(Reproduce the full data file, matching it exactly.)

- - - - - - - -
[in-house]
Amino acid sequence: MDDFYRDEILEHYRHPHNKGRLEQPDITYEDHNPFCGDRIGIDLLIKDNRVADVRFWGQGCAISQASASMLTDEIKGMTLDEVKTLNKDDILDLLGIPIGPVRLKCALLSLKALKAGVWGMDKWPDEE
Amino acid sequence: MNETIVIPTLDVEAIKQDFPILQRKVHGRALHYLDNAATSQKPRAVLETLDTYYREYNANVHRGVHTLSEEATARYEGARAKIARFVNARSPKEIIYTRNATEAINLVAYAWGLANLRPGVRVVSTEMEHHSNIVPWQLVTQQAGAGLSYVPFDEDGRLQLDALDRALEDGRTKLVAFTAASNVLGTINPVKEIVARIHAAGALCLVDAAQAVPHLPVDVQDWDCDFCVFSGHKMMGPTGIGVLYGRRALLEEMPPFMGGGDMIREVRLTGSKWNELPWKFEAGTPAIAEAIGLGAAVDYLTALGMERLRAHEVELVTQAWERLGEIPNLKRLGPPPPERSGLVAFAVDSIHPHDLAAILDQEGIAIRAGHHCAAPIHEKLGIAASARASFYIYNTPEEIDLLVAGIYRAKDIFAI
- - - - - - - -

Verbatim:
[in-house]
Amino acid sequence: MDDFYRDEILEHYRHPHNKGRLEQPDITYEDHNPFCGDRIGIDLLIKDNRVADVRFWGQGCAISQASASMLTDEIKGMTLDEVKTLNKDDILDLLGIPIGPVRLKCALLSLKALKAGVWGMDKWPDEE
Amino acid sequence: MNETIVIPTLDVEAIKQDFPILQRKVHGRALHYLDNAATSQKPRAVLETLDTYYREYNANVHRGVHTLSEEATARYEGARAKIARFVNARSPKEIIYTRNATEAINLVAYAWGLANLRPGVRVVSTEMEHHSNIVPWQLVTQQAGAGLSYVPFDEDGRLQLDALDRALEDGRTKLVAFTAASNVLGTINPVKEIVARIHAAGALCLVDAAQAVPHLPVDVQDWDCDFCVFSGHKMMGPTGIGVLYGRRALLEEMPPFMGGGDMIREVRLTGSKWNELPWKFEAGTPAIAEAIGLGAAVDYLTALGMERLRAHEVELVTQAWERLGEIPNLKRLGPPPPERSGLVAFAVDSIHPHDLAAILDQEGIAIRAGHHCAAPIHEKLGIAASARASFYIYNTPEEIDLLVAGIYRAKDIFAI